Get a taste of European spring time with the juicy spears of white asparagus.
Contributed By Yong Yung Shin
Most of us are acquainted with the sour cabbage known as sauerkraut which accompanies our favorite German sausages, but come Springtime, a beloved side feature on the dining table across Germany and in fact, much of northern Europe is white asparagus. In celebration of the Maifest festival which symbolizes the coming of spring, German restaurant Paulaner Bräuhaus has rolled out a special month-long menu featuring the vegetable.
In certain parts of Europe, white asparagus reportedly enjoys something akin to a cult following; its desirability derives from its highly seasonal nature, from end April till end June. At Paulaner, the freshly boiled asparagus is served with several different mains—Mild Smoked-Dry Ham (S$28), Dill-Marinated Smoked Salmon (S$28) and Baked Atlantic Salmon Steak (S$31). The Pan-Fried Pork Escalope (S$28), comprising two crispy battered pork chops, is served with slightly buttered asparagus. Each main dish comes with a hollandaise or melted butter sauce.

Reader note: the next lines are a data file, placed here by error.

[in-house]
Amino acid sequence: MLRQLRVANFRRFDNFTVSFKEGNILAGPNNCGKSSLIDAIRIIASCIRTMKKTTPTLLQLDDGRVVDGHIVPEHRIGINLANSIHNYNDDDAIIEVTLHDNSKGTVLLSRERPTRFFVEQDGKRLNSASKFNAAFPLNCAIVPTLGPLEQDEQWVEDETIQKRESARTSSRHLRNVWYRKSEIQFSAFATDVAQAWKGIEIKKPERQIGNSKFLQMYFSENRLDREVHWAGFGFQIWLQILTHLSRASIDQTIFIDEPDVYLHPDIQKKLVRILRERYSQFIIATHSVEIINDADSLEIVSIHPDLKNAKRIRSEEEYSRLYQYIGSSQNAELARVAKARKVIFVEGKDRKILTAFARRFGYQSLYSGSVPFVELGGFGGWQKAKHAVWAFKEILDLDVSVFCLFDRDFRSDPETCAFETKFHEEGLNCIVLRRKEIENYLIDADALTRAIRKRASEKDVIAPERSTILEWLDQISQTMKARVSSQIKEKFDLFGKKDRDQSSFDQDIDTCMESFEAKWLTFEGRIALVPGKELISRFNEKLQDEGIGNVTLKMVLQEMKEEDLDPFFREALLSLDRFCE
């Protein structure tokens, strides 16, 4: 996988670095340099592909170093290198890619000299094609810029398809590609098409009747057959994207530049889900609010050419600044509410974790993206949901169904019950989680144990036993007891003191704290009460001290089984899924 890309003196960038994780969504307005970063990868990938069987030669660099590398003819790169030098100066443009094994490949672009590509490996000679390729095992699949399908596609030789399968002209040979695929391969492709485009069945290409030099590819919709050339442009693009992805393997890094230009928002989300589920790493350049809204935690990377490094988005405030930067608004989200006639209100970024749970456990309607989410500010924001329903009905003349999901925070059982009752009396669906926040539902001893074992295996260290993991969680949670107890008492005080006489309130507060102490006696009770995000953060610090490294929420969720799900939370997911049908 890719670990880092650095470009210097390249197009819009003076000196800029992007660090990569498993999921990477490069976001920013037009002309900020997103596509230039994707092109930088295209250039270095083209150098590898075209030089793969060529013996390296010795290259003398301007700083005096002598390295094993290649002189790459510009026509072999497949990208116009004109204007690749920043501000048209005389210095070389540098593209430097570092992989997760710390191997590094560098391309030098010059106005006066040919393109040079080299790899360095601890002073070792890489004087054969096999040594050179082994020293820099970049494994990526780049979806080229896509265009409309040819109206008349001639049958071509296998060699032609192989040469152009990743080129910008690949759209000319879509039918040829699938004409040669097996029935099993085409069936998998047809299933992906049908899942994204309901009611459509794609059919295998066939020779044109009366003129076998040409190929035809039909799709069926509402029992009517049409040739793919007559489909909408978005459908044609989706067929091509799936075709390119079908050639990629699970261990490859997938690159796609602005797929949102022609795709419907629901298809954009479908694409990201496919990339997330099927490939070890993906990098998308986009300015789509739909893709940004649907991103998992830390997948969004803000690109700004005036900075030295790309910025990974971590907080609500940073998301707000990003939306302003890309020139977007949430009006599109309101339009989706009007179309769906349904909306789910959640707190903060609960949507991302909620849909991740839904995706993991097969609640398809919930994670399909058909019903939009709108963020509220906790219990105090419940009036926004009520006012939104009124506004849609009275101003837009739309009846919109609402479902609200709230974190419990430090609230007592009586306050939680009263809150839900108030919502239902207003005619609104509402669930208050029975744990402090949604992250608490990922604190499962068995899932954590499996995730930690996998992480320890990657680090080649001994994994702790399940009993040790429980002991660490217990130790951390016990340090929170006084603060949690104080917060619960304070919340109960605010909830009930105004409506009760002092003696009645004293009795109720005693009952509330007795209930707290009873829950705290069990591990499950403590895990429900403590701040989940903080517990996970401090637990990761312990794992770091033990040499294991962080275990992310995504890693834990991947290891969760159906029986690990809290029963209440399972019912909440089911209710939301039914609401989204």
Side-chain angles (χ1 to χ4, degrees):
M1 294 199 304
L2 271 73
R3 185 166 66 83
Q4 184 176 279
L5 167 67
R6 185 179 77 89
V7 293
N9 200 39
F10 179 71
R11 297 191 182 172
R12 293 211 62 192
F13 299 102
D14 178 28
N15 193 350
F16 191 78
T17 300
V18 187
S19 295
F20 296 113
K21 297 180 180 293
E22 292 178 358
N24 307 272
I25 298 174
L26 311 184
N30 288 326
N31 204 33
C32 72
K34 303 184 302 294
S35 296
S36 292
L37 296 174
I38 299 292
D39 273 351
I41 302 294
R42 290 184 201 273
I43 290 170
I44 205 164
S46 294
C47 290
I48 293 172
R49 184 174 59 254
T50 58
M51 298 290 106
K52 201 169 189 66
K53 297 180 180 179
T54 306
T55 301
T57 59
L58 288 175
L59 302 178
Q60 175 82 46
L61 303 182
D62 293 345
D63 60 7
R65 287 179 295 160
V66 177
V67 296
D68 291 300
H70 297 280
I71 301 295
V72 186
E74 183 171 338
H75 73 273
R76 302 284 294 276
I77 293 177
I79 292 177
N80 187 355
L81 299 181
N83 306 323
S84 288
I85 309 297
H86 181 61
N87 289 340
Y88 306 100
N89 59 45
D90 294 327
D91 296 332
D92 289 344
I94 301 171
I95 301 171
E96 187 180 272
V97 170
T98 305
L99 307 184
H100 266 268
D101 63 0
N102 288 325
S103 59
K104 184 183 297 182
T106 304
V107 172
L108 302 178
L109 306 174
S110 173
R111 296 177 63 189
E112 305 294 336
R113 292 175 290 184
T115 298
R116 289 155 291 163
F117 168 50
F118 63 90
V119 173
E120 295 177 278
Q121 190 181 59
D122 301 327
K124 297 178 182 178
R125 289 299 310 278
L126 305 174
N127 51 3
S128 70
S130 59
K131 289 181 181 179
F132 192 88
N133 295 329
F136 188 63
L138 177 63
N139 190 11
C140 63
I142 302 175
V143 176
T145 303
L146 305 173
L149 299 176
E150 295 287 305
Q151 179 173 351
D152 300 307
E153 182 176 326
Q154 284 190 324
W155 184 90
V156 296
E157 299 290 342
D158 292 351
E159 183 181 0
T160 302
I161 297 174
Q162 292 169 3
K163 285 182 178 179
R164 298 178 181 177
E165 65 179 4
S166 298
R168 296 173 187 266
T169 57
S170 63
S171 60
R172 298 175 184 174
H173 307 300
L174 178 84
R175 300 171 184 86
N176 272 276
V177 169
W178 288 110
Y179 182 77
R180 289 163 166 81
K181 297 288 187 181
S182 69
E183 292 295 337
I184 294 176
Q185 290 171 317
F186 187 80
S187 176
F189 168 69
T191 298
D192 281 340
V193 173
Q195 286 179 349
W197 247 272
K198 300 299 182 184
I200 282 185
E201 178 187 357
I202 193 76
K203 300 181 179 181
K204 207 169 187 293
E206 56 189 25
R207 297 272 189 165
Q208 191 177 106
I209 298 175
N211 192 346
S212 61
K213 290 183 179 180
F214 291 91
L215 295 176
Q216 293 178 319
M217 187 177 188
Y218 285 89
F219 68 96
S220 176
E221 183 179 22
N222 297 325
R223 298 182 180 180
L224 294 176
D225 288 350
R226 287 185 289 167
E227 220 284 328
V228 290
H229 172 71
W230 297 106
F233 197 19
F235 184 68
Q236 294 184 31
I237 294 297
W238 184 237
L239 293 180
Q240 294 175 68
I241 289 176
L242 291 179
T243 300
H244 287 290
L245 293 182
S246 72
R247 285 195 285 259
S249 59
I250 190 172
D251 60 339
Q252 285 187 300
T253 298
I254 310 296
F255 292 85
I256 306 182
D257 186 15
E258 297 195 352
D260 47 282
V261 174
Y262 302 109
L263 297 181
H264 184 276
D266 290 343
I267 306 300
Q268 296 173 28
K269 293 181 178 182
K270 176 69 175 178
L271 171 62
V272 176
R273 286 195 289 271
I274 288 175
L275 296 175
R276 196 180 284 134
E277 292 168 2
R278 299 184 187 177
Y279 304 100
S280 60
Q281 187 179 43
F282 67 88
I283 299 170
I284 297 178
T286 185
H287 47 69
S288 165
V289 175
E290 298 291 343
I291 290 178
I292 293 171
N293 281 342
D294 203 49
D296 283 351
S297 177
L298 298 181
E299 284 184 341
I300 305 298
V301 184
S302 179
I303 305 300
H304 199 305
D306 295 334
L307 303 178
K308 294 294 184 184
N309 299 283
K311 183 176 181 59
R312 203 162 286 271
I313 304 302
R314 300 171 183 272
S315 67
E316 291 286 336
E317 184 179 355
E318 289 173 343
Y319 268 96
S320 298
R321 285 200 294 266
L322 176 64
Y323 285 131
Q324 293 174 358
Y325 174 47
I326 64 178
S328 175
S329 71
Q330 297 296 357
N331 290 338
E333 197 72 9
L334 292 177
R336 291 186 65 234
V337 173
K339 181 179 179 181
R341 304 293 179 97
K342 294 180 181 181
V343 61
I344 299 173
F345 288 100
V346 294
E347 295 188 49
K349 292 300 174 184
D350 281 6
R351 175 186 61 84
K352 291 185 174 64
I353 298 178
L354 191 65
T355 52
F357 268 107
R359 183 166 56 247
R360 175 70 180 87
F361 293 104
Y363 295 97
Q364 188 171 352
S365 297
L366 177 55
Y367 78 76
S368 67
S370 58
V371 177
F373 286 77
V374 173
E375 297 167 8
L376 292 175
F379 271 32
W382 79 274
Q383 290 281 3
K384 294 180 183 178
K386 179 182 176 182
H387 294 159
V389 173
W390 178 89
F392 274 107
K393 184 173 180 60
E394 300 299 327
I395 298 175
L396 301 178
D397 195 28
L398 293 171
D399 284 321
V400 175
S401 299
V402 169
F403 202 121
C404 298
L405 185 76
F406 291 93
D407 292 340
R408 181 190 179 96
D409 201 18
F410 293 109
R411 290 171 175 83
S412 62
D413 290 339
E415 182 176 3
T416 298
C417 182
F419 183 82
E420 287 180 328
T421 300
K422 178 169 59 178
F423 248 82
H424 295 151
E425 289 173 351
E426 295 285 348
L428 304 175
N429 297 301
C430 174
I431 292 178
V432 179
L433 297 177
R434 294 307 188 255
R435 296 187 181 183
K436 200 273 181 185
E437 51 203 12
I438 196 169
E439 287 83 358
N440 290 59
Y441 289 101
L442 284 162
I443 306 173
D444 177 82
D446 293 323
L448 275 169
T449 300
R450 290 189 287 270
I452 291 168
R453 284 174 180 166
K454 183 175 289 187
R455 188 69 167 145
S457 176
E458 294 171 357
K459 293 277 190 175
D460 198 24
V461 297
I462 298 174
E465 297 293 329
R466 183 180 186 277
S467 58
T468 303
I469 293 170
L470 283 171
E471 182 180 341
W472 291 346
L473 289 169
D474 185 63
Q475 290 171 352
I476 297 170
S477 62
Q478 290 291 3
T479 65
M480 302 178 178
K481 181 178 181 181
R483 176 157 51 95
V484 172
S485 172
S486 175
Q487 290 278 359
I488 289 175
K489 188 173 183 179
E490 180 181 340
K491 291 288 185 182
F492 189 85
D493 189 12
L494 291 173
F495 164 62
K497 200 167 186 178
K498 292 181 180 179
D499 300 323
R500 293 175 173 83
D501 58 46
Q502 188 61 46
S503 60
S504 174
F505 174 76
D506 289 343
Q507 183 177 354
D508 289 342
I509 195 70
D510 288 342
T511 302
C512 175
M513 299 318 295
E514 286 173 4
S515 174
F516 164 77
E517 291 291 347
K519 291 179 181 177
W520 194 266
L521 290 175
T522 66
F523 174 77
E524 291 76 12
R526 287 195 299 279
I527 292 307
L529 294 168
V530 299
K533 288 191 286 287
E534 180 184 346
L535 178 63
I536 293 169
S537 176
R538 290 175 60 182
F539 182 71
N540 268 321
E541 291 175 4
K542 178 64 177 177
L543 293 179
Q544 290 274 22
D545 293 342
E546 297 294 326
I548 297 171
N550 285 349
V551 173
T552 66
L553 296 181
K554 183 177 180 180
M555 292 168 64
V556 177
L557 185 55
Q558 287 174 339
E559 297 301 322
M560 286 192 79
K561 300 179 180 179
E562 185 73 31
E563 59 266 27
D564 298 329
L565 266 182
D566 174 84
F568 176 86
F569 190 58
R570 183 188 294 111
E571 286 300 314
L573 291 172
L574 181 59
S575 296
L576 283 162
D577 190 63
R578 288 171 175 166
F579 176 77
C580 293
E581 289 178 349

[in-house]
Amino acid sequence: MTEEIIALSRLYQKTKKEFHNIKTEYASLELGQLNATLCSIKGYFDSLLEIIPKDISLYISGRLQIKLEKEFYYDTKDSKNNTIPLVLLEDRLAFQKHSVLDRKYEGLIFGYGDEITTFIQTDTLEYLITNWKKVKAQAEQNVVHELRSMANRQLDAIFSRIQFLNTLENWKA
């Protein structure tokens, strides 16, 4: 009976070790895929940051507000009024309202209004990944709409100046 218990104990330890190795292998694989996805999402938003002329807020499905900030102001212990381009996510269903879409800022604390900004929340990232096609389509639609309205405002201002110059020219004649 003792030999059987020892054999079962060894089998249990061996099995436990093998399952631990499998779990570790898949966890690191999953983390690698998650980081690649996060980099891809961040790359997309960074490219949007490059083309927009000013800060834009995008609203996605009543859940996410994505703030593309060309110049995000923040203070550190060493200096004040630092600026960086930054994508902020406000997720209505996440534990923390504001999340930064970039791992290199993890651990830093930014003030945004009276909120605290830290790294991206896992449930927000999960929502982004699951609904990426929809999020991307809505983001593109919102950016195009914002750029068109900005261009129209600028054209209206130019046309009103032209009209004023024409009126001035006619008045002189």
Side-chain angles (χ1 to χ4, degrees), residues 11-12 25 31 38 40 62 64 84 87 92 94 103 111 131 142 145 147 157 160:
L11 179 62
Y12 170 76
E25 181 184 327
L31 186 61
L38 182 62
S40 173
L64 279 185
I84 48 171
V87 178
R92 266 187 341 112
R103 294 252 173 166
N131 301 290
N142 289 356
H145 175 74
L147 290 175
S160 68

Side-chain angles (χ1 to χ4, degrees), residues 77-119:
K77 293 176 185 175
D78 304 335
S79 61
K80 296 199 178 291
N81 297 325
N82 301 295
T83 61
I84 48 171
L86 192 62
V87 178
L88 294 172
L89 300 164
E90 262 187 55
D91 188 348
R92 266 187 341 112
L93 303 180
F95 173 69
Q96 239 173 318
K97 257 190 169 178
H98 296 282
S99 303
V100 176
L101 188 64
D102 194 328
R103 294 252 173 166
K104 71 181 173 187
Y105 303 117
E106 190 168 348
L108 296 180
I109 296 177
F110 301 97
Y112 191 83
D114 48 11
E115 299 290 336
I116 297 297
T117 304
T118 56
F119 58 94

In comparison with the usual green variety, the white asparagus is softer in texture, being less fibrous, with a much subtler flavor than the characteristic pungency of the green variety. It’s therefore recommended that your first bite be of the white spears before you indulge in the meat, especially the smoked salmon, the strong taste of which can detract from full enjoyment of the vegetable’s natural, corn-like sweetness.
The asparagus served here is flown in from Holland; location is an important consideration as produce from different geographical locations and terrain yield different flavors. The more “earthy-flavored” ones are considered less desirable.
Alternatively, you can still have your usual favorites such as the roast pork knuckles (for which Paulaner is famed) and order the white asparagus on its own (S$22).
Of course, one cannot separate a German meal from a good pint of beer. The restaurant is offering a limited-period Maibock brew during the festival. Brewed on premise, it’s actually the typical Bavarian Spring beer—only stronger (“bock” means billy goat, referring to the higher alcohol level of 6.2 percent). It goes down smooth with a full-bodied flavor and leaves a slightly sweet aftertaste. Sure, we’re far from the cool of Spring here in Singapore, but a glass of Maibock is the perfect quencher for what looks to be a heat wave.
The Maifest menu is available until May 31.
Paulaner Bräuhaus Singapore
9 Raffles Boulevard
#01-01 Millenia Walk
+65 6883 2572